The Slovak parliament has turned down the request from the prosecutor's office to remove the immunity of three-time premier Robert Fico and allow him to be taken into custody. The vote is a huge blow to the ruling centre-right government and will greatly increase tensions within the fractious four-party coalition, which lags behind the opposition in opinion polls.
The request failed by just two votes in the 150-seat parliament, with 74 MPs (the coalition parties OLaNO, For the People and SaS) voting in favour of the proposal, 49 voting against (the coalition party We Are Family, and opposition parties Smer-SD, led by Fico, and its offshoot, the Voice-SD party), 19 abstaining and eight not voting, the Slovak News Agency (TASR) reported.
Prosecutors accuse Fico of being one of the main suspects in the Purgatory case, an investigation into an alleged corrupt network around Nitra-based oligarch Norbert Bodorthe that allegedly attemped to manipulate the police in 2012 against the opposition. The police have already charged several high-ranking former officials, including former interior minister Robert Kalinak, former national police chief Tibor Gaspar, special prosecutor Dusan Kovacik and the former head of the police unit NAKA Robert Krajmer. The fact that the charges against Fico and Kalinak have only now come out suggests that the accused in the case may have provided evidence that pointed to them.
"I thank every lawmaker who supported me and respect everyone who held a different opinion," Fico was quoted by the news agency as saying, adding that they "voted for democracy and the rule of law".
According to the Voice-SD leader Peter Pellegrini, the attempt at a political vendetta has been defeated. "It's the duty of every single lawmaker to vote to the best of his knowledge and conscience. If they couldn't vote to enable the prosecution in custody of their fellow colleague with a clear conscience, then it's only good that they didn't do so," he said, as quoted by the news agency.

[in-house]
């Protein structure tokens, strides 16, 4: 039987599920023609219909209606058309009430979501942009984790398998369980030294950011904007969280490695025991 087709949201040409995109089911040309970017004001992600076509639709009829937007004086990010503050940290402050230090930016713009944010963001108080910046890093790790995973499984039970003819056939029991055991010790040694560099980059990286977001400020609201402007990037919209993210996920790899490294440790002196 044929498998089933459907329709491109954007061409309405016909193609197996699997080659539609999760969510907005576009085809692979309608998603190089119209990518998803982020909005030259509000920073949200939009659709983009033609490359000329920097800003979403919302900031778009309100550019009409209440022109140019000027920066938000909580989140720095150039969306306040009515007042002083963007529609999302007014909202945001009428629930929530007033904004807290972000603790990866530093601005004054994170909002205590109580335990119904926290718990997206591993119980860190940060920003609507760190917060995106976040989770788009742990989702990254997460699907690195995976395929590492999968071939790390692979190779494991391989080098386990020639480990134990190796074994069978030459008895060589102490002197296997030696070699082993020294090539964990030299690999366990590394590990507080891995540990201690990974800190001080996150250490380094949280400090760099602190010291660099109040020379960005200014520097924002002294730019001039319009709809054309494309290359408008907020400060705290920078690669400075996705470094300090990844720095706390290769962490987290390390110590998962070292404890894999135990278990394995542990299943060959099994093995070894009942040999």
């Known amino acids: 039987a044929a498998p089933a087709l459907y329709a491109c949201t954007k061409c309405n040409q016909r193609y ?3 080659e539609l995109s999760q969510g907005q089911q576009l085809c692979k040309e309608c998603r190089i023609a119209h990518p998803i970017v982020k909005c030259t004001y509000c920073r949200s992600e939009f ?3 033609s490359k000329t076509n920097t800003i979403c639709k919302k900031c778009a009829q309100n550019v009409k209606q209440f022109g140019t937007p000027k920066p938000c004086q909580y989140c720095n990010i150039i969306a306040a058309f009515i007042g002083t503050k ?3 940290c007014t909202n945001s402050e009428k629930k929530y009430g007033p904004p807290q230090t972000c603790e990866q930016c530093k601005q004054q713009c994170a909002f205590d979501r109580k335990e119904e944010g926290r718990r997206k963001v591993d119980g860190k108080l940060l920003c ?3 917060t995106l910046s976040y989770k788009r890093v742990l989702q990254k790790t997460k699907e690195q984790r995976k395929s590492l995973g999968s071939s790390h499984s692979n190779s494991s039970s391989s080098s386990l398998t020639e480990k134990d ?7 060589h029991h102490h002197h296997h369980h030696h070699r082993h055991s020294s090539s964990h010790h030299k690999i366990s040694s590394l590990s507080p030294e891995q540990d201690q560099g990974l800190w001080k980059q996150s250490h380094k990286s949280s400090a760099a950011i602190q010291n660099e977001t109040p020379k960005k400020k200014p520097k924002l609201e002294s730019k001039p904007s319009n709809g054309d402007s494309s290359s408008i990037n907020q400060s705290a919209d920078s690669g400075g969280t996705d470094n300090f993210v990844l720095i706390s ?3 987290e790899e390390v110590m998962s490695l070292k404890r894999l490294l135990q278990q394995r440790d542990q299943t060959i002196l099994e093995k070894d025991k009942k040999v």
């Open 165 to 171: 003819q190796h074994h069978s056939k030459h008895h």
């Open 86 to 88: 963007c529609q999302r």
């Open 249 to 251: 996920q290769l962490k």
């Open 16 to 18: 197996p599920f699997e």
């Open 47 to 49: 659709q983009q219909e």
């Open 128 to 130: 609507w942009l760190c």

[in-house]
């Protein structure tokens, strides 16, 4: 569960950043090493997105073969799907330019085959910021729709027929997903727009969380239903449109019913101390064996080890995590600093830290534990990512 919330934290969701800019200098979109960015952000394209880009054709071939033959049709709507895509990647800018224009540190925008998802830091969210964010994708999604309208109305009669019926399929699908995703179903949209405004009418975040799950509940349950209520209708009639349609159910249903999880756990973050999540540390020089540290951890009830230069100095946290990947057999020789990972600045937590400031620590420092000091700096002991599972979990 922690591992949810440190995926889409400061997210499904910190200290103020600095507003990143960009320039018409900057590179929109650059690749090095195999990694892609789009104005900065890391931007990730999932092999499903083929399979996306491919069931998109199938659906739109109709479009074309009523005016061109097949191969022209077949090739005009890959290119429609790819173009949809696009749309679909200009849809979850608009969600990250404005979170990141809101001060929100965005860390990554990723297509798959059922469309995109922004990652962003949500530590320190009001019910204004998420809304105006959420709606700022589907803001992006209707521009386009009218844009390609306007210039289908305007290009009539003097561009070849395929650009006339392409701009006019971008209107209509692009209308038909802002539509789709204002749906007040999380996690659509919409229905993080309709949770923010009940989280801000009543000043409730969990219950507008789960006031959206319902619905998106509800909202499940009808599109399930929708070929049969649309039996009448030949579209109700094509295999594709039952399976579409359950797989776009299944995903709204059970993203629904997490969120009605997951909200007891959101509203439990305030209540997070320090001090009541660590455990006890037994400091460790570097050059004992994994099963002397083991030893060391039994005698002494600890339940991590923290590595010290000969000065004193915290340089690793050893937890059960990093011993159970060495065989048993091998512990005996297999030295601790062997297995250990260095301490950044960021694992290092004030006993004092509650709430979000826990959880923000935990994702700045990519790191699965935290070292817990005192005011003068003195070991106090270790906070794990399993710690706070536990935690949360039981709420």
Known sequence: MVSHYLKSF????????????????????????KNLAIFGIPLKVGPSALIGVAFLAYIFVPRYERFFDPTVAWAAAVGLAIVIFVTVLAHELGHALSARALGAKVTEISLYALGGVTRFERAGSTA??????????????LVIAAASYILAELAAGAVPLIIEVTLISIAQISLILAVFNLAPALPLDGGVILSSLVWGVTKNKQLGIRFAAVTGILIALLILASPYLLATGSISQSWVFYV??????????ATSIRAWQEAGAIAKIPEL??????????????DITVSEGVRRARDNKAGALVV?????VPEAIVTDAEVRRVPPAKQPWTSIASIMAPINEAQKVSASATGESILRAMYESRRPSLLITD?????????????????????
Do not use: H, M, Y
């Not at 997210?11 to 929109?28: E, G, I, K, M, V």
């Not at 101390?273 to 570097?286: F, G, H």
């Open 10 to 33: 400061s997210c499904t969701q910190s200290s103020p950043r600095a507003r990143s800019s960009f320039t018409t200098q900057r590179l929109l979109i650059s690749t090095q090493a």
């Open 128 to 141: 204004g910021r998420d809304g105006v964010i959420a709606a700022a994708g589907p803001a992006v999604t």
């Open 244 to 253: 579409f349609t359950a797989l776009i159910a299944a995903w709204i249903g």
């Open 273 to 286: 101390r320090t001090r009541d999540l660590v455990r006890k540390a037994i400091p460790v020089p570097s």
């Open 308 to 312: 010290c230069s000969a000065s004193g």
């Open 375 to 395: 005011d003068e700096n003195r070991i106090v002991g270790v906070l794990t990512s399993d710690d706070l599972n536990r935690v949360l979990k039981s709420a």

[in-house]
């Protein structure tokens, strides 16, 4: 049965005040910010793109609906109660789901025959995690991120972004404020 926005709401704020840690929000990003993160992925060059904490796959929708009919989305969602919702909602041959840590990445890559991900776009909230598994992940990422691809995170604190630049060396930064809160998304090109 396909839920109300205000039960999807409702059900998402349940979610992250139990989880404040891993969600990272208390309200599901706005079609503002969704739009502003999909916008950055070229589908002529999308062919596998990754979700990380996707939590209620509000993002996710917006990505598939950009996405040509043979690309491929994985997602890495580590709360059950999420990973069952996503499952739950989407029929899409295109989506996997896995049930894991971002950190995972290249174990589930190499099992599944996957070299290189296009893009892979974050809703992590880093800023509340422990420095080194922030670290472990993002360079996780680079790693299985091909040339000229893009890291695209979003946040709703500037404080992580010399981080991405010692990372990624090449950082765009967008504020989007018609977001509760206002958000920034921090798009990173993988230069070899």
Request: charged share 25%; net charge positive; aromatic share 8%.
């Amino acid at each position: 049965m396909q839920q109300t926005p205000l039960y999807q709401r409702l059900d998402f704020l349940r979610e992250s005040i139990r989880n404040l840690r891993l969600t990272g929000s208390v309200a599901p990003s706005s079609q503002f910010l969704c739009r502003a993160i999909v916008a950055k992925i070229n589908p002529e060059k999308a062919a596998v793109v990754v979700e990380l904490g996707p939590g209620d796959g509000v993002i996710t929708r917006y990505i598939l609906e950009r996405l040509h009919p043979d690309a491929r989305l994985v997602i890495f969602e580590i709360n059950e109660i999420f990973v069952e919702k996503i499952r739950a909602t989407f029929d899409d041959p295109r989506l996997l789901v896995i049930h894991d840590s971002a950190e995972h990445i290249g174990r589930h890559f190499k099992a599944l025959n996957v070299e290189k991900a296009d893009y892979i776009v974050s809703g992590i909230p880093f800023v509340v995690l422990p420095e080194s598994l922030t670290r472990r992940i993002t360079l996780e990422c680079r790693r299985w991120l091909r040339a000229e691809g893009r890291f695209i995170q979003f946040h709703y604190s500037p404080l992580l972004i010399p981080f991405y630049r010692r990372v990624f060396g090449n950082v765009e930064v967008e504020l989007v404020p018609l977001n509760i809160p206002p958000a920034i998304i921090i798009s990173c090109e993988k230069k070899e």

He stressed that justice must be served in standard ways, which is an investigation, followed by a just verdict by an independent court. Custody is just a way to divert attention away from the real problems of Slovakia, he noted.
"MPs had a unique opportunity to prove that the days of undeserved privileges for MPs are over. This did not happen because MPs of coalition movement We Are Family and, unfortunately, two OLaNO MPs, had a different opinion on the matter," said Prime Minister Eduard Heger.
Two MPs from the OLaNO party – Romana Tabak and Katarina Hatrakova – chose not to vote and to abstain. After the vote, they were expelled from the OLaNO caucus, caucus chair Michal Sipos confirmed to TASR. "Today, MPs Katarina Hatrakova and Romana Tabak, two out of 50 OLaNO lawmakers, betrayed the values of the party and the manifesto that they signed. By preventing justice from being served, they betrayed the majority of OLaNO voters too," he said.
"All of those who voted for this coalition are the people taking objection to what Robert Fico did to our country. Some lawmakers laughed in their faces today, however, and decided that sitting above every citizen in Slovakia is Robert Fico as a gratuitously protected individual with a special status," said For the People leader Veronika Remisova, according to the news agency, adding that "the damage they wrought today will never be undone".
SaS MPs questioned having the 'We Are Family' party in the coalition. According to their reaction, the future of the governing coalition is now in the hands of PM Eduard Heger.
"Despite the fact that [OLaNO head] Igor Matovic portrays SaS as a party that is undermining the [governing coalition], it was the votes of two OLaNO MPs and the entire We Are Family caucus that rejected its purpose and values," reads the party's statement, according to TASR.
Economy Minister Richard Sulik, head of SaS, who has constantly sparred with Matovic, described the debacle as “the biggest political failure in [Matovic’s] career … He was defeated by his own MPs. He will never again be able to talk about fighting corruption.”